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2. II. THE MAN WHO CAME BACK (continued)
"Will I?" said Birdie, turning to face him. "I will not. Th' swell mob has shook you, an' a good thing it is. You was travelin' with a bunch of racers, when you was only built for medium speed. Now you're got your chance to a fresh start and don't you ever think I'm going to be the one to let you spoil it by beginnin' to walk out with a dinin'-room Lizzie like me."
"Don't say that, Birdie," Ted put in.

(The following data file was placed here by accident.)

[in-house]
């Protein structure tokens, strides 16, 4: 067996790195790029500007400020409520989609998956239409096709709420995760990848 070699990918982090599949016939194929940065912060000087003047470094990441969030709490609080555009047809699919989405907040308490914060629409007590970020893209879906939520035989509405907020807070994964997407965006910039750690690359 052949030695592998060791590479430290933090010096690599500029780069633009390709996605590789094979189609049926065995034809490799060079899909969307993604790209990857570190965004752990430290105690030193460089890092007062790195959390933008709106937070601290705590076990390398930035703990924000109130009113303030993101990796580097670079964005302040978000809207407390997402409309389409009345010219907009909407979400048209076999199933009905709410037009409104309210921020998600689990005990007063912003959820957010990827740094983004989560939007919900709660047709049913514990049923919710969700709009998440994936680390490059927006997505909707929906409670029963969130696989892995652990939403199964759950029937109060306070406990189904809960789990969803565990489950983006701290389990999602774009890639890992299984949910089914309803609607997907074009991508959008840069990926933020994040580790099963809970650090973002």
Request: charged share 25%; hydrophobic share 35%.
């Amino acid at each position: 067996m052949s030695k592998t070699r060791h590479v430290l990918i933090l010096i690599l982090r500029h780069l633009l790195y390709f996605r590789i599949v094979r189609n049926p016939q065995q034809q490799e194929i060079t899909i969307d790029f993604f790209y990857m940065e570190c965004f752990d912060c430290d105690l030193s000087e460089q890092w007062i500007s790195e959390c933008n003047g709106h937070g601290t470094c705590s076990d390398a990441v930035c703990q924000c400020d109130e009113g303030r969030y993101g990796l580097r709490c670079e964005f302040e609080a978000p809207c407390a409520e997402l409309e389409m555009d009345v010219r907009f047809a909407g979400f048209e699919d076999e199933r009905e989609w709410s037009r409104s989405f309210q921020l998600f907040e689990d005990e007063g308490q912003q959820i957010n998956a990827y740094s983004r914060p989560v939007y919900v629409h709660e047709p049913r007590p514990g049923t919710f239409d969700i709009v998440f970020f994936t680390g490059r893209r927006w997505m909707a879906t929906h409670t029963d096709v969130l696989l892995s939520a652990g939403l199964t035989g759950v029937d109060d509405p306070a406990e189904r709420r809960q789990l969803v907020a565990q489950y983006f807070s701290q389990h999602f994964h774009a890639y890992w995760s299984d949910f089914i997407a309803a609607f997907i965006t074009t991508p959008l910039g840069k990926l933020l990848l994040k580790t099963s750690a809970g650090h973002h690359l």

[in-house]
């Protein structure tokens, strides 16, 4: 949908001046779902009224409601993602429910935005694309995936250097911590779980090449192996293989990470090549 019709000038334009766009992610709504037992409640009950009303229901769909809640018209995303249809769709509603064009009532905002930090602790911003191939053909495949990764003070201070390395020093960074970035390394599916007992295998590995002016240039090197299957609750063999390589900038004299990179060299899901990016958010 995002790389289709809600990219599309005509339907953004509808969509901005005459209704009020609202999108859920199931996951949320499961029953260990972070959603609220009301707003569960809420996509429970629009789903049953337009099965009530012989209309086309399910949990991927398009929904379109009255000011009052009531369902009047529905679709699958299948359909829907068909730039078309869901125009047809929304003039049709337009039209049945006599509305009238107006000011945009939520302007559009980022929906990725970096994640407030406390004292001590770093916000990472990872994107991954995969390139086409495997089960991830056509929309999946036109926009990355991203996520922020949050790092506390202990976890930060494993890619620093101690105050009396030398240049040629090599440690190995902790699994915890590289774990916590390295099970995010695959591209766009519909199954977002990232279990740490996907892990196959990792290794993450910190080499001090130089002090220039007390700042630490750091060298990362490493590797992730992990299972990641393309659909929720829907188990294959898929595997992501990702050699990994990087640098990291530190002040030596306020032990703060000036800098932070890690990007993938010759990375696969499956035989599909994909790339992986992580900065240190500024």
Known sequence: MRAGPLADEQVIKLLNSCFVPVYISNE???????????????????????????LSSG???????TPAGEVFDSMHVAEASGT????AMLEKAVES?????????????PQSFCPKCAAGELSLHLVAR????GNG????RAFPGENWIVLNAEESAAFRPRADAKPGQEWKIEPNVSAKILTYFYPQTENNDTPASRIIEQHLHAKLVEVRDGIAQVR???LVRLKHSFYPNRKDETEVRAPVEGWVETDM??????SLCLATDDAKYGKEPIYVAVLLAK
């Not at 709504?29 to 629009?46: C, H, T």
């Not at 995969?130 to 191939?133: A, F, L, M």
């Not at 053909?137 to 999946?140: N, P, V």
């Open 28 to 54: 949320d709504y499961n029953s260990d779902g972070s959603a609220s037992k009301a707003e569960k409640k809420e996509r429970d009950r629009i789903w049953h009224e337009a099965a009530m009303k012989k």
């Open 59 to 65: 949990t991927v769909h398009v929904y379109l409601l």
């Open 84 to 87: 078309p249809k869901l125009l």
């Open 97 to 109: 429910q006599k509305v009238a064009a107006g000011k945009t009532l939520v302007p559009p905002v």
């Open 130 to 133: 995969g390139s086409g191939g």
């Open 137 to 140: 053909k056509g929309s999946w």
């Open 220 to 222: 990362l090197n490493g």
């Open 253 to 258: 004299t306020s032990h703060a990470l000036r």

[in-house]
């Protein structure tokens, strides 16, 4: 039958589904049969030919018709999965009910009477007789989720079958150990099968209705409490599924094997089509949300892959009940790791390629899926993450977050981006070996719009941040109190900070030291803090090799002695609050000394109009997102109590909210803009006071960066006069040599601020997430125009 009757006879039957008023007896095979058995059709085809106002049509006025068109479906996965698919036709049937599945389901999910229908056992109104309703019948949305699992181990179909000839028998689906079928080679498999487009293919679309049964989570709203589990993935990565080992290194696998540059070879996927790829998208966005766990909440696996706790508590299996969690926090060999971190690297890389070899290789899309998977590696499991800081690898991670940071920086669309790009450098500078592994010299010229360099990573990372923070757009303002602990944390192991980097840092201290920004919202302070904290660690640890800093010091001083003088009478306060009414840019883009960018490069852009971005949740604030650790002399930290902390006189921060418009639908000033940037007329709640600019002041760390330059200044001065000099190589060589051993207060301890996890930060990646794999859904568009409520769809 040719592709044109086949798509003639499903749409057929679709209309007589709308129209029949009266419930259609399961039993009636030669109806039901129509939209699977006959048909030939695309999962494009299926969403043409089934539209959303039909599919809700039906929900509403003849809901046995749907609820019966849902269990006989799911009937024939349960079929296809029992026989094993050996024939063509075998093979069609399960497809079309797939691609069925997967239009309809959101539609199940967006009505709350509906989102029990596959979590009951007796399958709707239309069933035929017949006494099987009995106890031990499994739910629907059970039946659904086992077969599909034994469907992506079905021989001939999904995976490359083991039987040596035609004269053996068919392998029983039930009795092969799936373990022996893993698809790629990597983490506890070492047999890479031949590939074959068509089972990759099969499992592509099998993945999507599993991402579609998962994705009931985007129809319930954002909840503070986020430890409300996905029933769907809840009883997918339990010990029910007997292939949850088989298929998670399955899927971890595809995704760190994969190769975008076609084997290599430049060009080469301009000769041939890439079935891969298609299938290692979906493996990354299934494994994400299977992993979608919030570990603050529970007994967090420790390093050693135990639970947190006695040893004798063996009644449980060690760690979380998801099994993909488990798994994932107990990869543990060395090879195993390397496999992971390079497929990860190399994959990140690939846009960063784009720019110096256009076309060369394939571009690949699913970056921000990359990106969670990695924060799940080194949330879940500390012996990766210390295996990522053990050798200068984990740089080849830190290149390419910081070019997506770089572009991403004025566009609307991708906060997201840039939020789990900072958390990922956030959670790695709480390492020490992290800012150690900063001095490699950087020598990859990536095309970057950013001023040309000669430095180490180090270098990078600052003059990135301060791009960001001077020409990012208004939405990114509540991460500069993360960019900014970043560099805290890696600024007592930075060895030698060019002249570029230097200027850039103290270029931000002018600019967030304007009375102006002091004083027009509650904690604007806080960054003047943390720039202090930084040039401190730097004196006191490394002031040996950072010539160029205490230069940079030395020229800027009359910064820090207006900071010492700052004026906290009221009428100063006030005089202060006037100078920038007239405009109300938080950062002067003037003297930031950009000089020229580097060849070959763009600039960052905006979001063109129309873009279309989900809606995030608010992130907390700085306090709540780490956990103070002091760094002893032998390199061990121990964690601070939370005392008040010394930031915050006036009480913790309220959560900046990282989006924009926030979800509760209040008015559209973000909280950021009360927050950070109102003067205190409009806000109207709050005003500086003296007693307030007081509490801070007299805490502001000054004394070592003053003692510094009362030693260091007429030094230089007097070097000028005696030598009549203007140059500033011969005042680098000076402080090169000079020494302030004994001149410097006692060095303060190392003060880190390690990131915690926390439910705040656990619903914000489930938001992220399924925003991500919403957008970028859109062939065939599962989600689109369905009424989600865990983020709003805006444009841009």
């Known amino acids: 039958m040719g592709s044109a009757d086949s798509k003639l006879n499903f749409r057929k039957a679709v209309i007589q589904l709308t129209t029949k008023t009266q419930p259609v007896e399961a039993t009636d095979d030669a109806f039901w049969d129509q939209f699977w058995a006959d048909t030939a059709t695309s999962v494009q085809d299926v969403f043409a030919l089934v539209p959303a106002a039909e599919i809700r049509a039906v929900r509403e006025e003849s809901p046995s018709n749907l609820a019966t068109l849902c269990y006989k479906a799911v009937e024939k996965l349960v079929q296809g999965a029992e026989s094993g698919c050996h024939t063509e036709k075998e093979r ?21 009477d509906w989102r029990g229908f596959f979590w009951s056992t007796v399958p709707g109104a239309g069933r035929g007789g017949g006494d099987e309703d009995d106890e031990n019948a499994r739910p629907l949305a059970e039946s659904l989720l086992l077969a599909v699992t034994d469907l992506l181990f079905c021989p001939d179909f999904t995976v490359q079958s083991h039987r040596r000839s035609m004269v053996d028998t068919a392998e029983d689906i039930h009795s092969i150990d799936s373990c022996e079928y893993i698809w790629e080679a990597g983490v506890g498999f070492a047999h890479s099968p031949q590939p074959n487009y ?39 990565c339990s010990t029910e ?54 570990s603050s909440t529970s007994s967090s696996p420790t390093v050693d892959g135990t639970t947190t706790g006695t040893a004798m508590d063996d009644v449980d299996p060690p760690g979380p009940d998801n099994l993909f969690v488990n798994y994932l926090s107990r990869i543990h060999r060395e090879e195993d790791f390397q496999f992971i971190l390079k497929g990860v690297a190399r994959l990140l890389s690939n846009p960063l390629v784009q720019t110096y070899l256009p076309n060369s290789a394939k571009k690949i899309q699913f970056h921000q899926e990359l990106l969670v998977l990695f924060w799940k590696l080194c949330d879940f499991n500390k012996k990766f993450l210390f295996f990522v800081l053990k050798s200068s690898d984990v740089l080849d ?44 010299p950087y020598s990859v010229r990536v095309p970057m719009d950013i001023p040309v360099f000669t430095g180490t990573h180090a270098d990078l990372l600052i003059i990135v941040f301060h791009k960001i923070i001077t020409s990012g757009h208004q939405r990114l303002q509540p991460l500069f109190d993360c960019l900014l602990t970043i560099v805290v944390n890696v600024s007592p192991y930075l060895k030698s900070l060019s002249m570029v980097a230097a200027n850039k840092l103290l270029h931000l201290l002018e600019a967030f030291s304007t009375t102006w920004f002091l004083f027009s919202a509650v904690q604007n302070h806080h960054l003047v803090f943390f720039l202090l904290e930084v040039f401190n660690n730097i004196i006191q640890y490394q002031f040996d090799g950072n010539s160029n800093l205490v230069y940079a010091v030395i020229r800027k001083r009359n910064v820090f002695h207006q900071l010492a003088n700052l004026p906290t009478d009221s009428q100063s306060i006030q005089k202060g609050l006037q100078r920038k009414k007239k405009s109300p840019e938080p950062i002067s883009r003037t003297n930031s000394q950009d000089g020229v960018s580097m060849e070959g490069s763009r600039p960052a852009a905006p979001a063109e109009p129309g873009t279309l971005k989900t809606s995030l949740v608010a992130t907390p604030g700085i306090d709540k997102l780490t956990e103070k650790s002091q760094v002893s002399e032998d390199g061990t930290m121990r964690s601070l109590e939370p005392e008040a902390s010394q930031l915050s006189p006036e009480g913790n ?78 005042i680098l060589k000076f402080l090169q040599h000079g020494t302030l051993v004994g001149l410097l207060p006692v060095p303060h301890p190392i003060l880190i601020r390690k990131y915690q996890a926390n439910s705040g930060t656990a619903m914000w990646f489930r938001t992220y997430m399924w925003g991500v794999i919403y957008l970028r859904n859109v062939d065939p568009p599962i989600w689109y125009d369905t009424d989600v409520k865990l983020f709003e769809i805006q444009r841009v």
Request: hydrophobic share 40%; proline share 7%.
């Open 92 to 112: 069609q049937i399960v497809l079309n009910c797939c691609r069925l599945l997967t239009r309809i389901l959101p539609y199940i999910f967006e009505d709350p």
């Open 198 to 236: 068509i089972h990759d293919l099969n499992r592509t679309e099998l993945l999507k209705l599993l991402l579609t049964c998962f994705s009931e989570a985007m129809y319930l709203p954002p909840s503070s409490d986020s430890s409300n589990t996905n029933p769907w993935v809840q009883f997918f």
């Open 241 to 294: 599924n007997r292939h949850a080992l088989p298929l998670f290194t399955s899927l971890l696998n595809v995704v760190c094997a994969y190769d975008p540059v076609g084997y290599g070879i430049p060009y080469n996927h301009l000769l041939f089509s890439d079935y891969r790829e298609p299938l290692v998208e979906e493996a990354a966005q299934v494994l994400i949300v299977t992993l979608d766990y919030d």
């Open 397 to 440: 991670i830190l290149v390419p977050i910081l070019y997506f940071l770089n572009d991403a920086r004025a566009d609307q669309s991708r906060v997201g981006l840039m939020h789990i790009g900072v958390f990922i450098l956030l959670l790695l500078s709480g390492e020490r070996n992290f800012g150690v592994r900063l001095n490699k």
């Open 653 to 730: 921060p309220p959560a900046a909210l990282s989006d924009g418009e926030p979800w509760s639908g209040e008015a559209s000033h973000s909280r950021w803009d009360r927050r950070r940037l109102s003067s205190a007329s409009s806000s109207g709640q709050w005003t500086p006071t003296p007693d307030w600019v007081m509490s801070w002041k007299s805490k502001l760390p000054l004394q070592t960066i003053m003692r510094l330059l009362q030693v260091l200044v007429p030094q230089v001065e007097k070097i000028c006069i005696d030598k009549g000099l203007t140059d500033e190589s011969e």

"It's the truth," affirmed Birdie. "Not that I ain't a perfec'ly respectable girrul, and ye know it. I'm a good slob, but folks would be tickled for the chance to say that you had nobody to go with but the likes av me. If I was to let you walk home with me to-night, yuh might be askin' to call next week. Inside half a year, if yuh was lonesome enough, yuh'd ask me to marry yuh. And b'gorra," she said softly, looking down at her unlovely red hands, "I'm dead scared I'd do it. Get back to work, Ted Terrill, and hold yer head up high, and when yuh say your prayers to-night, thank your lucky stars I ain't a hussy."
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